FDA Warns External Defibrillator Energy May Need to be Higher
The FDA notified healthcare professionals this week that it is investigating energy levels in external biphasic defibrillators with shocks less than or equal to 200 Joules (J), because of reports they were ineffective.
The FDA said it received 14 event reports since 2006 in which a 200 J biphasic defibrillator was ineffective in providing defibrillation/cardioversion therapy to a patient, whereas a subsequent shock from a different 360 J biphasic defibrillator resulted in immediate defibrillation/cardioversion. The majority of events occurred during attempts at cardioversion of atrial fibrillation, but there was at least one instance with defibrillation of a ventricular arrhythmia as well.
FDA officials said analysis of the 14 cases does not suggest the need for any change to current clinical practice, and as FDA continues its evaluation of this situation, providers are encouraged to follow the American Heart Association’s (AHA) guidelines/algorithms for treatment of cardiac arrhythmias, and to follow manufacturers’ instructions for using defibrillators.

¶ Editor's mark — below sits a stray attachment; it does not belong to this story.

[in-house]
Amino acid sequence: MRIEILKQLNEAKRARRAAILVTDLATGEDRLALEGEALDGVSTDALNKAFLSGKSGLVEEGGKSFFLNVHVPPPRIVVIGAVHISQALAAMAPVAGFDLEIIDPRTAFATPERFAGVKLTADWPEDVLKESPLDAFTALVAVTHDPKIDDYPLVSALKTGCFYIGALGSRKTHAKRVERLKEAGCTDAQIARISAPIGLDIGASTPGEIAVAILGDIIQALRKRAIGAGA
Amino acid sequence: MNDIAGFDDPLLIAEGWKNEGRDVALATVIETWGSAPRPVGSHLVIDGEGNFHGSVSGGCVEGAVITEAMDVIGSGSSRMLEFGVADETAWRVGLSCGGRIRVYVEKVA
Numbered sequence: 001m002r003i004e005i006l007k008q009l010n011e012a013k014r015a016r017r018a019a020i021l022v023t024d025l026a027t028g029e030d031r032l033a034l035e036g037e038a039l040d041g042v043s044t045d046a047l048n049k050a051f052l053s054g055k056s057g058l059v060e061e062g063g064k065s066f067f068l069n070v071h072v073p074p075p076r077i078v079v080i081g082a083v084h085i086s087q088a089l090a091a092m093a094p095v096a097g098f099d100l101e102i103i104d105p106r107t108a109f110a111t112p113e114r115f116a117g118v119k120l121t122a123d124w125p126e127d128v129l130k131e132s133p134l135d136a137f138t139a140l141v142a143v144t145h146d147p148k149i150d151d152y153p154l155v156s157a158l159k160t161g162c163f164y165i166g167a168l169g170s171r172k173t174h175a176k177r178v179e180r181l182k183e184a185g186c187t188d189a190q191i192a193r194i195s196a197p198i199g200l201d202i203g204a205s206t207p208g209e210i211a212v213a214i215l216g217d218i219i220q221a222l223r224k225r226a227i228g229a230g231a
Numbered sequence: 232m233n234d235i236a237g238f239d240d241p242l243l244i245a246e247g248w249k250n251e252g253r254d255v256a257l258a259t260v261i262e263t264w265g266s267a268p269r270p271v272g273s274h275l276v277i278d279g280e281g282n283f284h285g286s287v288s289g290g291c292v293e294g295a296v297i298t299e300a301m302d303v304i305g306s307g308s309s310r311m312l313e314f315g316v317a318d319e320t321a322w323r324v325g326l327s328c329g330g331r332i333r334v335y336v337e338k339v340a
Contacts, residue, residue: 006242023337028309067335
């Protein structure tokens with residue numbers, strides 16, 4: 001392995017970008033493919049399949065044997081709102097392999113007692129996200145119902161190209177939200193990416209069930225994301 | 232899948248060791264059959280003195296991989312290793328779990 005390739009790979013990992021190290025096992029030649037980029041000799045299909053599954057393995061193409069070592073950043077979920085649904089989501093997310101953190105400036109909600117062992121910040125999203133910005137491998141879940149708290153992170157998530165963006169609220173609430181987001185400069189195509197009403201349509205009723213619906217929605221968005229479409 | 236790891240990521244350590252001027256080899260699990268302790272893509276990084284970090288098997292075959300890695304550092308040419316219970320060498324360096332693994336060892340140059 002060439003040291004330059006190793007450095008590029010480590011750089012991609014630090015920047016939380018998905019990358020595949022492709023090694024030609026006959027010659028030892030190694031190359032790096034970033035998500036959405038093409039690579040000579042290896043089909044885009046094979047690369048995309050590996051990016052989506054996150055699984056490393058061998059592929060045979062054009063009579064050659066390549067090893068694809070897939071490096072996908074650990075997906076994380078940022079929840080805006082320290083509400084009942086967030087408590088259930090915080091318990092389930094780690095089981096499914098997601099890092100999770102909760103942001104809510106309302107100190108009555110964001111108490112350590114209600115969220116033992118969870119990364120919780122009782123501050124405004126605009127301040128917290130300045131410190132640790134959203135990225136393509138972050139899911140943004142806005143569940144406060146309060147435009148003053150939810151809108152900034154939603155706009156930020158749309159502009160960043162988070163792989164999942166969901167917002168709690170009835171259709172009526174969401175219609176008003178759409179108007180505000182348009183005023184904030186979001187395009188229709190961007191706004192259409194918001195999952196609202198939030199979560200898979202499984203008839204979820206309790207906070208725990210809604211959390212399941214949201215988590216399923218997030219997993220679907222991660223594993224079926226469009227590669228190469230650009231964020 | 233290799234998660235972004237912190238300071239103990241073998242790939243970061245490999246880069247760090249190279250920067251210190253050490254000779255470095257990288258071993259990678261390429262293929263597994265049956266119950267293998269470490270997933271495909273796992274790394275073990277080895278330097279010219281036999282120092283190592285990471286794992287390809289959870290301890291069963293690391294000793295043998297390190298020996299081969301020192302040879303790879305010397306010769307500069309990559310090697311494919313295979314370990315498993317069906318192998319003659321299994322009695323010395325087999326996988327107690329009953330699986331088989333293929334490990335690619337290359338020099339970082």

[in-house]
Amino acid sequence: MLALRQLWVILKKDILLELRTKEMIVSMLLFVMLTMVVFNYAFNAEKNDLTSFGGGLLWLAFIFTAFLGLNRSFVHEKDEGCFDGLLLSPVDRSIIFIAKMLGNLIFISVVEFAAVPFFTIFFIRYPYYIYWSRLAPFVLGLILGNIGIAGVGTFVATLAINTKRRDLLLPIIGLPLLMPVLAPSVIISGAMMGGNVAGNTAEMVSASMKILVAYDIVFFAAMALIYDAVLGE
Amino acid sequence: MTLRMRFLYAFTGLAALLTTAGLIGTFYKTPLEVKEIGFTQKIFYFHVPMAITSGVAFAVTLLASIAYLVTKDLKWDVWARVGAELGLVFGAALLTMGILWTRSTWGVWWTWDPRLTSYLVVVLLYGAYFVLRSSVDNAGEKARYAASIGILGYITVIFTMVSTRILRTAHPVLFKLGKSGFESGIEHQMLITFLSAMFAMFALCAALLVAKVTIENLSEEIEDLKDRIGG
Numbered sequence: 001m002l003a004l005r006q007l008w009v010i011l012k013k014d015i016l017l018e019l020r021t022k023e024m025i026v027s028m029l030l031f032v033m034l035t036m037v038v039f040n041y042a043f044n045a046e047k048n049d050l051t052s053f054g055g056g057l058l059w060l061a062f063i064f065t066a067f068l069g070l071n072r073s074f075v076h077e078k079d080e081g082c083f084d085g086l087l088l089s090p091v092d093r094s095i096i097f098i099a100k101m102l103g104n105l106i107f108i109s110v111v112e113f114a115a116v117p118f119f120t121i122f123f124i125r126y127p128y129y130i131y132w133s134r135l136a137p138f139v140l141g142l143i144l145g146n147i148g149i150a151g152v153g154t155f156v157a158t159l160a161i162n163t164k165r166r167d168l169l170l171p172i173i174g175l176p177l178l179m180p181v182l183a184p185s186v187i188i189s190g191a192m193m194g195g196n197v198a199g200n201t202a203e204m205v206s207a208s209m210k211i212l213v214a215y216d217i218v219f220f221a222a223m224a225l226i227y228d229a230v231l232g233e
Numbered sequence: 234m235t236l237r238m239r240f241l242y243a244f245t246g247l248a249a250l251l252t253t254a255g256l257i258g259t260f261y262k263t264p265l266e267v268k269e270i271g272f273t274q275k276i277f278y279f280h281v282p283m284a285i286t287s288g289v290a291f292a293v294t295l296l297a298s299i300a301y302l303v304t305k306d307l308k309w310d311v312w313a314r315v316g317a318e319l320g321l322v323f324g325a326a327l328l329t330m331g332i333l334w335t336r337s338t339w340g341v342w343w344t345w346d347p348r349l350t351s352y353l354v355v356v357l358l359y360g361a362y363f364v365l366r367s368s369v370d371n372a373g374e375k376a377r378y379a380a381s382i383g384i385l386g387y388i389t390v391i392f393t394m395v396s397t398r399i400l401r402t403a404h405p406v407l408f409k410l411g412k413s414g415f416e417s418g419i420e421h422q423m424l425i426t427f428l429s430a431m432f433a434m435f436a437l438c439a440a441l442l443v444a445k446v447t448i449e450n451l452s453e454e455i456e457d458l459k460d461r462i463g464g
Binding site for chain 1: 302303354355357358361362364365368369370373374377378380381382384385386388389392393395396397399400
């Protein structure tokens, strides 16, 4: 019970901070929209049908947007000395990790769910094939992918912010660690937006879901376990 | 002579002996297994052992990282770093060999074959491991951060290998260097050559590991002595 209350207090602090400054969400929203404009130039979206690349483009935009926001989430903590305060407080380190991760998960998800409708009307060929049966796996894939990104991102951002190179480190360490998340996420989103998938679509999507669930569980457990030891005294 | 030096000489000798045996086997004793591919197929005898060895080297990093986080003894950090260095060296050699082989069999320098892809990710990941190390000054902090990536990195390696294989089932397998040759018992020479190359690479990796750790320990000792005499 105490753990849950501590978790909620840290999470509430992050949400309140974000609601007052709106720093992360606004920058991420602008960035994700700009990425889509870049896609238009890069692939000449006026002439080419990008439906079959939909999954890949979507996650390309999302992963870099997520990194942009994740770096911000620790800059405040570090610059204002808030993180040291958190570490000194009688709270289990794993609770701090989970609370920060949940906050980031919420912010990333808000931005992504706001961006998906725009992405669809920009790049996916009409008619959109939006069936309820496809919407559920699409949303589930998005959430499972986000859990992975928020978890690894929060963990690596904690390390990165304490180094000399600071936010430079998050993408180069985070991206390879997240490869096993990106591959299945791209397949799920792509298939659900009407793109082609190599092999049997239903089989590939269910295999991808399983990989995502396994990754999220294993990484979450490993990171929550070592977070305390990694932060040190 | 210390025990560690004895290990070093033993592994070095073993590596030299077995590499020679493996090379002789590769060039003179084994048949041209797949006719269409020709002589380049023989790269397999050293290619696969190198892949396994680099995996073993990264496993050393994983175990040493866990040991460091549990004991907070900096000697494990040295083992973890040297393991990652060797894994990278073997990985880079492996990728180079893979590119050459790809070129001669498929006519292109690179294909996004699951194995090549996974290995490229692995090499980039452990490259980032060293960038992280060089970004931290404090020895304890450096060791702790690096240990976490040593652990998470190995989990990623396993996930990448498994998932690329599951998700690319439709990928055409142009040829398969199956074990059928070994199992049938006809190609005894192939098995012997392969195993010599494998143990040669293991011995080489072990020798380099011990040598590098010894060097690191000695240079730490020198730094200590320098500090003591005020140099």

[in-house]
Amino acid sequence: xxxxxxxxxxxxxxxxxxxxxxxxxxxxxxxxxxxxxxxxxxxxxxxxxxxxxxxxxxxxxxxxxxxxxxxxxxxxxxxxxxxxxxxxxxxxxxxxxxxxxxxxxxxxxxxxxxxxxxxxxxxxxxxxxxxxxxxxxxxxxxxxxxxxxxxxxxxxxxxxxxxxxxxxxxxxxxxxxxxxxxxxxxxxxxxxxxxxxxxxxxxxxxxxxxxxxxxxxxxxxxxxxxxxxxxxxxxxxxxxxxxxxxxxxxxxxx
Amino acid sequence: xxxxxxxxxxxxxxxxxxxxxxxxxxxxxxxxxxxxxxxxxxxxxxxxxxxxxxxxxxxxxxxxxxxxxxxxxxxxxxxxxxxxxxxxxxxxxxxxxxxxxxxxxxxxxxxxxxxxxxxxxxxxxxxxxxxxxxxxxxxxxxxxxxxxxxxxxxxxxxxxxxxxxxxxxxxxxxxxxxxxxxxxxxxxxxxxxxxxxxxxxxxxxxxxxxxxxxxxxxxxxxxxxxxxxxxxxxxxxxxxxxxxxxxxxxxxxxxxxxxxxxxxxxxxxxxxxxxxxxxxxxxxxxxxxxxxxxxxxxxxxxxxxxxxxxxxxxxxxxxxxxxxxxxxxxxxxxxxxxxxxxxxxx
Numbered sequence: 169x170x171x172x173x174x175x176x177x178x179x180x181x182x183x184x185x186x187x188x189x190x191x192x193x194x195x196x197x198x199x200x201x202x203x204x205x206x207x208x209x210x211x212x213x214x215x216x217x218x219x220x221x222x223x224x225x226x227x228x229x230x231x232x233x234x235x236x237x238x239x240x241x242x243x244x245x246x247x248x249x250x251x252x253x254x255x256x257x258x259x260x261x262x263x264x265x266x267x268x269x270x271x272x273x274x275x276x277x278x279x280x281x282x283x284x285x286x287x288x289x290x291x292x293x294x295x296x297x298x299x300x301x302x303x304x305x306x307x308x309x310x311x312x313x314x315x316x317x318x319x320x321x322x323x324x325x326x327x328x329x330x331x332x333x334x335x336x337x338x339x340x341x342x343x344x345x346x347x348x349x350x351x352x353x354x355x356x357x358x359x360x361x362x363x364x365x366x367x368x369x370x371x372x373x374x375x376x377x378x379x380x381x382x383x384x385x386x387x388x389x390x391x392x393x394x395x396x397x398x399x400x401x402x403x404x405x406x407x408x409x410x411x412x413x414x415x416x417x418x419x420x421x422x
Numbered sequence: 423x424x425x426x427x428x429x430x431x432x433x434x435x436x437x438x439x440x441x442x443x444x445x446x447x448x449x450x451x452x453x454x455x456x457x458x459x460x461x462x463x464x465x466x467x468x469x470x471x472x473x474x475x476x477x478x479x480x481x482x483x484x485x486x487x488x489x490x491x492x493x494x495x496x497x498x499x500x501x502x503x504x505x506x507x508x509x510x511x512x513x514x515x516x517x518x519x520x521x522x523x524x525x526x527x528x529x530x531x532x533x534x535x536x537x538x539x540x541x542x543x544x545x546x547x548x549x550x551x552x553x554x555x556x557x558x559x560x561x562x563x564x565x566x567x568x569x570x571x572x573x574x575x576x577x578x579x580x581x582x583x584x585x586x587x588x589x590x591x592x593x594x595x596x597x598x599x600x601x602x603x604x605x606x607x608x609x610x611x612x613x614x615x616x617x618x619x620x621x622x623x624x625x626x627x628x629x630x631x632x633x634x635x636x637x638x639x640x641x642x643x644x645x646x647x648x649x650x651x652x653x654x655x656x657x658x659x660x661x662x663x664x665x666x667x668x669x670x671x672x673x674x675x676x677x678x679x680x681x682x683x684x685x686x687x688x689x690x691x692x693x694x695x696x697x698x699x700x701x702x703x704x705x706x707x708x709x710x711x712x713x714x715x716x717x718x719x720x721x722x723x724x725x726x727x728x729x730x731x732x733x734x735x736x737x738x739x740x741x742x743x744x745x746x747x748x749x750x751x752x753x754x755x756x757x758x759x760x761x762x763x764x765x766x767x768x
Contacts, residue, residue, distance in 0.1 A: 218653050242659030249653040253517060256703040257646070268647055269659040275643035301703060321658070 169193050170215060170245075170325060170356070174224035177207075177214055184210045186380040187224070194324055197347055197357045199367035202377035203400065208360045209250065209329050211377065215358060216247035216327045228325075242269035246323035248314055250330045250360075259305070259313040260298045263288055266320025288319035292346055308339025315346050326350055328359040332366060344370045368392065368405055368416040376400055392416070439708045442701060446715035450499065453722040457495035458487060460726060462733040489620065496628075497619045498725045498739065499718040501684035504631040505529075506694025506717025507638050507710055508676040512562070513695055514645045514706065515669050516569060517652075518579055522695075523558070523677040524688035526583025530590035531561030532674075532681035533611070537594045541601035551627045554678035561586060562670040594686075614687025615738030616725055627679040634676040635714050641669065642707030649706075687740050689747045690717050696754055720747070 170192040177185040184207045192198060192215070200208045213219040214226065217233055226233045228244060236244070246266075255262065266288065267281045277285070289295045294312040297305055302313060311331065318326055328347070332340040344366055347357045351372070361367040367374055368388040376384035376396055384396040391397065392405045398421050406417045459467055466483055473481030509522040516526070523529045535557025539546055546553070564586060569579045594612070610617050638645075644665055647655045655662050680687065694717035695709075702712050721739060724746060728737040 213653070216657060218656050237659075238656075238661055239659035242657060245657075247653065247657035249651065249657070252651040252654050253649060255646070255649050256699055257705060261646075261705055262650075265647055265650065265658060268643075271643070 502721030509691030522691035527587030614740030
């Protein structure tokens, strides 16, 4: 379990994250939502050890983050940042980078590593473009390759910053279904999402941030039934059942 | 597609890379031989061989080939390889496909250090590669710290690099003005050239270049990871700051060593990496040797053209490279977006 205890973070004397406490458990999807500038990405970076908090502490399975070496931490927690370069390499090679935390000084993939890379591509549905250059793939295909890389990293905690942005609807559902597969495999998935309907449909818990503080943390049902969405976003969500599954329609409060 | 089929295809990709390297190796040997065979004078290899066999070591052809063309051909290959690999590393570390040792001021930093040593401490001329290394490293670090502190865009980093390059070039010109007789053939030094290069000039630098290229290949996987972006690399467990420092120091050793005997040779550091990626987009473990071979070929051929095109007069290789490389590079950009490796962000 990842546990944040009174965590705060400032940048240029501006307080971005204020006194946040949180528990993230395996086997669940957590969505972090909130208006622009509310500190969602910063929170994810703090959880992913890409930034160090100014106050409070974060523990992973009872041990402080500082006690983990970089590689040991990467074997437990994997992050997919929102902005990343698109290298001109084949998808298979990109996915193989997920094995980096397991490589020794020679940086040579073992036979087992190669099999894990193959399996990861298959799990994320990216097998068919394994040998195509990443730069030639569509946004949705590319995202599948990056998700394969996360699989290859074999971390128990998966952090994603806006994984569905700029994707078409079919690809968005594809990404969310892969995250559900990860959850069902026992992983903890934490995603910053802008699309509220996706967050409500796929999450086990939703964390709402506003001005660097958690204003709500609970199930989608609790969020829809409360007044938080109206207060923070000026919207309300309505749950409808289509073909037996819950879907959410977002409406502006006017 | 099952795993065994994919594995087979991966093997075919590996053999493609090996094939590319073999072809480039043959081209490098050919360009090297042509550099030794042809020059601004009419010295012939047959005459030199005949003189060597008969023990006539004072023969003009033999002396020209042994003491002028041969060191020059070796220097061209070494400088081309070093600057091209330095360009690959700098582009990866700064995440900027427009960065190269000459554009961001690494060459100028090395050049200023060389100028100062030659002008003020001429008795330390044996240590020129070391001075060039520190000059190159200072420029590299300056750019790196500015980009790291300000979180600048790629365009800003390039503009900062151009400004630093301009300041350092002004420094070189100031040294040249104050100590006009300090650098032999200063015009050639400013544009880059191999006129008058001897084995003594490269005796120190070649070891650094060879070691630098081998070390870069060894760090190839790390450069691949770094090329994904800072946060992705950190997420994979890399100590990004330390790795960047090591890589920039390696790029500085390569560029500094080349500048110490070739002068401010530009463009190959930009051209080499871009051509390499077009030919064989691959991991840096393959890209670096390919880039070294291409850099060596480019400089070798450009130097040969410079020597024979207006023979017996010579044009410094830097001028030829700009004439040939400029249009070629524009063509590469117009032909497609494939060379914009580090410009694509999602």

The FDA is seeking additional information in order to interpret the significance of these events, and to determine whether FDA activities are advised. If you suspect a problem with a defibrillator, such as a situation where a patient received shocks from multiple devices, the problem should be reported to the FDA's MedWatch Safety Information and Adverse Event Reporting Program online at www.fda.gov/MedWatch/report.htm, by phone (800) 332-1088, or by returning the postage-paid FDA form 3500 (which may be downloaded from the MedWatch "Download Forms" page) by mail, or fax (800) FDA-0178.
For more information: www.fda.gov/MedicalDevices/Safety/AlertsandNotices/ucm189259.htm
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